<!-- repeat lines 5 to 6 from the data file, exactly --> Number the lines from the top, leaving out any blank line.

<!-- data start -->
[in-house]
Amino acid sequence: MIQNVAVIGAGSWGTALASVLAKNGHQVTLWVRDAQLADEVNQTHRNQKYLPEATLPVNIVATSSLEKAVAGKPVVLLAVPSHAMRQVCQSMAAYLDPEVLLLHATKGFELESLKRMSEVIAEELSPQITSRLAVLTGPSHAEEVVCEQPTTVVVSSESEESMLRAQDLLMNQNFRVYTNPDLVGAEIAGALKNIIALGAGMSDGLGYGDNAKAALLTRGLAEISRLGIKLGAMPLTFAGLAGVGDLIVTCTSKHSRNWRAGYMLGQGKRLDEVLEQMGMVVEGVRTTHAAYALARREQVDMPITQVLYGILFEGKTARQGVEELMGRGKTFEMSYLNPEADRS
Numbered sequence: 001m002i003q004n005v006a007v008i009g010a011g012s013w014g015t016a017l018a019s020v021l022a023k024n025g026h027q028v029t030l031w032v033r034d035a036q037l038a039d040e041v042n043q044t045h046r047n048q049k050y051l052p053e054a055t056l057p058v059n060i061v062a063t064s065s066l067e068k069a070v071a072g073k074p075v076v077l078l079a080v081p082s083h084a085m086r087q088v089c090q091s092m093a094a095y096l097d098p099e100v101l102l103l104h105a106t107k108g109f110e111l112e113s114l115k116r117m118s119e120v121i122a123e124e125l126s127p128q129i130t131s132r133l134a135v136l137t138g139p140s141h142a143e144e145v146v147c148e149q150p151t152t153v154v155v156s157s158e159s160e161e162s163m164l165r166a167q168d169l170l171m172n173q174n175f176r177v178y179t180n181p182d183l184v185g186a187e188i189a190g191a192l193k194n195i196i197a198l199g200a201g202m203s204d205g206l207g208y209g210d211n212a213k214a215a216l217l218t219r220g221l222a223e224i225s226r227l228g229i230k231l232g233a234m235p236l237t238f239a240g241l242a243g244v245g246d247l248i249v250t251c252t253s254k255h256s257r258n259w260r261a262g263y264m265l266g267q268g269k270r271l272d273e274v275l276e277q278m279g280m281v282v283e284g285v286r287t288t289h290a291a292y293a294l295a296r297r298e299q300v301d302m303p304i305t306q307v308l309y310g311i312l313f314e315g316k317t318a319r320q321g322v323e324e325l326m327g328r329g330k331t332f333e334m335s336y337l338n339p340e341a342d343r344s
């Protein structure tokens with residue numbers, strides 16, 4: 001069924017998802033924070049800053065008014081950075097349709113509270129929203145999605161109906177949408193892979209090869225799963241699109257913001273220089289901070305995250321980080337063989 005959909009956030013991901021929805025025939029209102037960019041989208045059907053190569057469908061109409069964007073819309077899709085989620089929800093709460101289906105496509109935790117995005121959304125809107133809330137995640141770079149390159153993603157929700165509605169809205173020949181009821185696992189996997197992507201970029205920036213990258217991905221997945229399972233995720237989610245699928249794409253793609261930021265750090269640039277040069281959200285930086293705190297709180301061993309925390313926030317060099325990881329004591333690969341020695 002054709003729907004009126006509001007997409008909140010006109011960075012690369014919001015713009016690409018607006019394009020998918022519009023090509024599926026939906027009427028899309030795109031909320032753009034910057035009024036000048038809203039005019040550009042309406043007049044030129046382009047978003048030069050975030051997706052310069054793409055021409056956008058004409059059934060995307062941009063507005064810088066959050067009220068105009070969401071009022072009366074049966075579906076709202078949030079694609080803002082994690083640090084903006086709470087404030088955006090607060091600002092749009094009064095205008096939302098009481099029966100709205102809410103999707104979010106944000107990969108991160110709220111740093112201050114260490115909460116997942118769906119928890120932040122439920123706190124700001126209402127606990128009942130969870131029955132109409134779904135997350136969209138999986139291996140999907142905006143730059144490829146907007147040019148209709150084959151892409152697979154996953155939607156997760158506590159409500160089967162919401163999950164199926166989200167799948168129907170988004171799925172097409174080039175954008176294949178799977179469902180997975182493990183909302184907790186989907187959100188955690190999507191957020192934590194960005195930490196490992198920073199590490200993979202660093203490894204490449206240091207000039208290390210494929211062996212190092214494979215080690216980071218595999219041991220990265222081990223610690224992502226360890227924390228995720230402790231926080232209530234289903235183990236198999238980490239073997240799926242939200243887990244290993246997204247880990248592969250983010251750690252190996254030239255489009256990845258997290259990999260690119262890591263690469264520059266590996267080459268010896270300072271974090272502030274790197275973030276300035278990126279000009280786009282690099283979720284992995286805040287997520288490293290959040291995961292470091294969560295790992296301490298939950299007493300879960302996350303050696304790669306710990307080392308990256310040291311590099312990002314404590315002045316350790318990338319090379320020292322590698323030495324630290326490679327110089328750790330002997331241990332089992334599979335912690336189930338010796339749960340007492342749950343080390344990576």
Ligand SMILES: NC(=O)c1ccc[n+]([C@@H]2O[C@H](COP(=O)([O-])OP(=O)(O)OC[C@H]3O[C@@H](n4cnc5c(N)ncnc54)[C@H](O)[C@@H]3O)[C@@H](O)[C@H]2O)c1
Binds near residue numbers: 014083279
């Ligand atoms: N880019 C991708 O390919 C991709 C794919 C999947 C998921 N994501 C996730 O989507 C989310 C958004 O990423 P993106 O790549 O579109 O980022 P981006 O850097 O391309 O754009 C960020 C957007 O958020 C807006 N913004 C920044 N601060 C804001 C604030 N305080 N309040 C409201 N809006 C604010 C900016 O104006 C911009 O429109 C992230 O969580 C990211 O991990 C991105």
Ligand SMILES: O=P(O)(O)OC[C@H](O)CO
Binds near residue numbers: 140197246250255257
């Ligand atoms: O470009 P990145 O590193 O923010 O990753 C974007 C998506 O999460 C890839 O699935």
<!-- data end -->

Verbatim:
Ligand SMILES: NC(=O)c1ccc[n+]([C@@H]2O[C@H](COP(=O)([O-])OP(=O)(O)OC[C@H]3O[C@@H](n4cnc5c(N)ncnc54)[C@H](O)[C@@H]3O)[C@@H](O)[C@H]2O)c1
Binds near residue numbers: 014083279